Vendors feel Depot needs to improve store presentation urgently, decrease SKU count and bring better pricing strategies back into play. In some stores, particularly the newer ones, it is noticeably better, but in many others, it looks the same and lags that of Lowes or even Menard’s, the number three chain.

Another factor of concern might well be the new emphasis on installed sales. This increases the complexity of the business considerably. As one manufacturer put it, “The drive towards installed services is adding great complexity to the Home Depot business and is taking focus from the core business of selling hardware, lumber and other basic products.

“Associates are spending more time on installed services, design, installer follow up and the multiple special orders required to support these initiatives than on the basic business of helping customers to find the correct product in the store and assist in providing a satisfactory shopping experience for the customer.”

When Nardelli looks at the company’s financial performance under his leadership, he must feel somewhat frustrated. Whereas once Depot’s gross margin was in the 27% range, he has continued to increase it to its current 30.83% figure, up from the five year average of 29.26%. Net profits averaged 5.5% for the past five years; he boosted it to 6.5% in 2002.

Earnings growth in 2002 reached 45%, much higher than the five year average, but sales growth has fallen sharply. The five year growth average was 22%, in 2002 it was 16%. Meanwhile, Lowes, its nearest competitor, grew sales 20% in 2002 and earnings by 45%.

With profits up and sales continuing at a decent though not spectacular pace, Nardelli is watching the company’s price/earnings ratio plummet — from a high of 80 in the past five years to its current 13.63, well below that of Lowes and, indeed, lower than the average of other big-box retailers in the hardgoods field.

Still powerful
No one, however, should underestimate the continued strength of Home Depot, despite the outstanding efforts of Lowes in competing with it. Depot continues to be more than twice the size of Lowes, at more than $58.5billion in sales in 2002, and earned more in the second quarter of 2002 than Lowes did in all of last year.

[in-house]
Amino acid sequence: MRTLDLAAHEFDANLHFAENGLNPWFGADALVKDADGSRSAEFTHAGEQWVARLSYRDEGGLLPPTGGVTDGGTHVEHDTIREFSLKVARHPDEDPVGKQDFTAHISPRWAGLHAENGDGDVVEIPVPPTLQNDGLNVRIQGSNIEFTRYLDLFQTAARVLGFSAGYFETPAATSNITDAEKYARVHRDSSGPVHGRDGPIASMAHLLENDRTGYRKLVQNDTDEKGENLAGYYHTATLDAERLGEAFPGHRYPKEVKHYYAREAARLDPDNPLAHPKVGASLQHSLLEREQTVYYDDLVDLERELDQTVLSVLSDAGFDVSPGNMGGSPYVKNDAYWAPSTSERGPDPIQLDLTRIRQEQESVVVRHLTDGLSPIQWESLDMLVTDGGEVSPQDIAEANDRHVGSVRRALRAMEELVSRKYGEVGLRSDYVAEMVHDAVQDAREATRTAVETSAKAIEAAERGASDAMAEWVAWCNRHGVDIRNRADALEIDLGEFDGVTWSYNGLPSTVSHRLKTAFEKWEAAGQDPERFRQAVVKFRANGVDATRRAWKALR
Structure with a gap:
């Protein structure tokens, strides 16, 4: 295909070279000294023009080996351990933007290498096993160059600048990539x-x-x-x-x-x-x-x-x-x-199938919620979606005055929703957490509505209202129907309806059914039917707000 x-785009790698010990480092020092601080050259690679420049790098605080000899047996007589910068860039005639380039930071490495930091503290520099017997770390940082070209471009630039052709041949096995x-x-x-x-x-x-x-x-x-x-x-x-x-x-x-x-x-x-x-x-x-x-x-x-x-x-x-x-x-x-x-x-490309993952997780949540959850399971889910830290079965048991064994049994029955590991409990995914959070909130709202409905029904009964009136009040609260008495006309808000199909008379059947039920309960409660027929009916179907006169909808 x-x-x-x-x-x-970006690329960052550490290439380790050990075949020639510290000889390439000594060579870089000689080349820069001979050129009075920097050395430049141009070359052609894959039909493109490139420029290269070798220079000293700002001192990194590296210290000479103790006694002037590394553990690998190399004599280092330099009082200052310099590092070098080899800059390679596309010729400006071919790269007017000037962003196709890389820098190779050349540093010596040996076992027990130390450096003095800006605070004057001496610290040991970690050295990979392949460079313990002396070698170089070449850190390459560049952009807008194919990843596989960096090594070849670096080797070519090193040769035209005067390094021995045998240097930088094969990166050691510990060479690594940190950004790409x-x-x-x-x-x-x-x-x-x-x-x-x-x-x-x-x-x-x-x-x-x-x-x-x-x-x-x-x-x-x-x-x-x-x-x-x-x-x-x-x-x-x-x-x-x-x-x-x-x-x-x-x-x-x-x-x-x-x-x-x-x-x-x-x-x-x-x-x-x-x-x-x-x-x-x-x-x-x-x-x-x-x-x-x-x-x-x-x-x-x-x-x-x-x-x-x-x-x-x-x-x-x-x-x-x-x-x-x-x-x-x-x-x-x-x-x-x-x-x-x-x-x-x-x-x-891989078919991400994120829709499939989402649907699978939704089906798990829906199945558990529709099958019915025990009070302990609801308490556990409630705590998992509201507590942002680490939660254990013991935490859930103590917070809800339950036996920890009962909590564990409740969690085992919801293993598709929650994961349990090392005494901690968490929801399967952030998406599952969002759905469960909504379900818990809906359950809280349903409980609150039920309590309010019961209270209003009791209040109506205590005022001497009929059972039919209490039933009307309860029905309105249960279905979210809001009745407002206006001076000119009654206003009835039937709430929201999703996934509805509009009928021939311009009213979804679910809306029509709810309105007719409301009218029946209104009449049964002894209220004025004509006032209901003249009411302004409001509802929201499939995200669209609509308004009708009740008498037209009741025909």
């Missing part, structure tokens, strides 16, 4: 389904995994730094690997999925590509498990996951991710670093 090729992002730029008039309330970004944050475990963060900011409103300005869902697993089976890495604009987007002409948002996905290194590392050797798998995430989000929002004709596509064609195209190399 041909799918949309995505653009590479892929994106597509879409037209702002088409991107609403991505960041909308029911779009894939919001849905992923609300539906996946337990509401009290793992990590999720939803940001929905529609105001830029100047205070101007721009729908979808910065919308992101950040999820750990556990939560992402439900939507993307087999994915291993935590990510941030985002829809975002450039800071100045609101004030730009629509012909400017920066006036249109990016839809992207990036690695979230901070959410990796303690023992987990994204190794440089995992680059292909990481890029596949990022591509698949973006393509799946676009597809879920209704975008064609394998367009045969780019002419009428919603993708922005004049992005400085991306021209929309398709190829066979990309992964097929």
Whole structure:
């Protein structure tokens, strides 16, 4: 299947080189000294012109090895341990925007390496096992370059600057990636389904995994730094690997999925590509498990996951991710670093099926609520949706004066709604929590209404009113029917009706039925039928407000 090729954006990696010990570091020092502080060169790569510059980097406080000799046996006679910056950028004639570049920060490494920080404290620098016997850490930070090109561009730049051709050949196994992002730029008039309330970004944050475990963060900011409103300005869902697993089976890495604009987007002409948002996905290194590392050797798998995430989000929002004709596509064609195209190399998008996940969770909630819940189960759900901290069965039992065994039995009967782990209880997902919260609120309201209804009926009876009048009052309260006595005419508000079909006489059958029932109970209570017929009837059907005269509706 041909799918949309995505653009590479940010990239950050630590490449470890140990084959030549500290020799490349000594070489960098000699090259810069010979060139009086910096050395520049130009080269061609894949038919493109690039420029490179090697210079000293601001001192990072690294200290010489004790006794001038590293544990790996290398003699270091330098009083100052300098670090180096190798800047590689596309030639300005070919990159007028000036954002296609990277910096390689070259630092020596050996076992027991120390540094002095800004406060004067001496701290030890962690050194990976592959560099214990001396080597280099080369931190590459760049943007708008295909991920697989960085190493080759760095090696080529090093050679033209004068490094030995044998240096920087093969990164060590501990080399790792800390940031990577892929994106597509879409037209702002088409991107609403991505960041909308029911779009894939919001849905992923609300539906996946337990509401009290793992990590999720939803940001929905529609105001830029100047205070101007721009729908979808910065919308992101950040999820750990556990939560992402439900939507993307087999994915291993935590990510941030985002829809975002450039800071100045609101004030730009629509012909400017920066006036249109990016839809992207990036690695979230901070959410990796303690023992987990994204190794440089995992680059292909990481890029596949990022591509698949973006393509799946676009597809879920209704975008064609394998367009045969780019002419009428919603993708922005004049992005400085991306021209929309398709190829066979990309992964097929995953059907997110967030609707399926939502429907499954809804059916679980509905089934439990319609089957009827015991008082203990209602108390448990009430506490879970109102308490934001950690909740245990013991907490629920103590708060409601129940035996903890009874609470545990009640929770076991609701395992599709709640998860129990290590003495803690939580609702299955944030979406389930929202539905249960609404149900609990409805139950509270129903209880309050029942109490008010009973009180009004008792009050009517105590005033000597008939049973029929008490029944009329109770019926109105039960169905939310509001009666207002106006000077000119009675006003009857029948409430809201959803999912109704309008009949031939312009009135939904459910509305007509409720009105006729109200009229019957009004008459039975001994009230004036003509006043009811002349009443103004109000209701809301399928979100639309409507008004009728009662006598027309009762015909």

Because Nardelli recognises Depot’s near-saturation of major metropolitan markets, he is leading the company into a variety of different formats and strategies, amplifying the diversification program begun under his predecessors, Marcus and Blank.

The most significant of these, depending upon its success, could be the development of smaller stores. These are being tested in urban settings — Brooklyn and Chicago, as well as in the conversion of the original four Villagers Hardware sites. If they prove successful, they might offer Depot an opportunity to move into some smaller cities where Lowes already has stores, especially down South where Lowes originated.

The other Depot formats target in a more direct way professional contractors and remodellers, two other market segments which Lowes once relied upon before moving aggressively into consumer sales. Its most aggressive such effort is its 54 Expo Design Centres, catering to upscale kitchen and bath remodelling, most often not a DIY project but an installed sale.

Depot’s other efforts like Maintenance Warehouse, flooring stores and garden centres, will also bear continued watching. They pose threats not just to other home centres but to specialty stores within those respective merchandise categories.

It recently expanded its new Landscape Supply stores from three stores in the Atlanta area to a projected five units in the Dallas region. These stores focus on the professional landscaper and the “avid” DIYer. The stores combine an indoor sales area with a large outside area and tool rental department.

So has the magic gone? The charisma of Marcus and the guiding hand of Blank are, but should Nardelli’s performance be faulted when profits increase as much as they have? Company directors, frustrated at a 54% drop in share value, may have another view of the situation.

Bob Vereen, Hardware Journal’s US correspondent.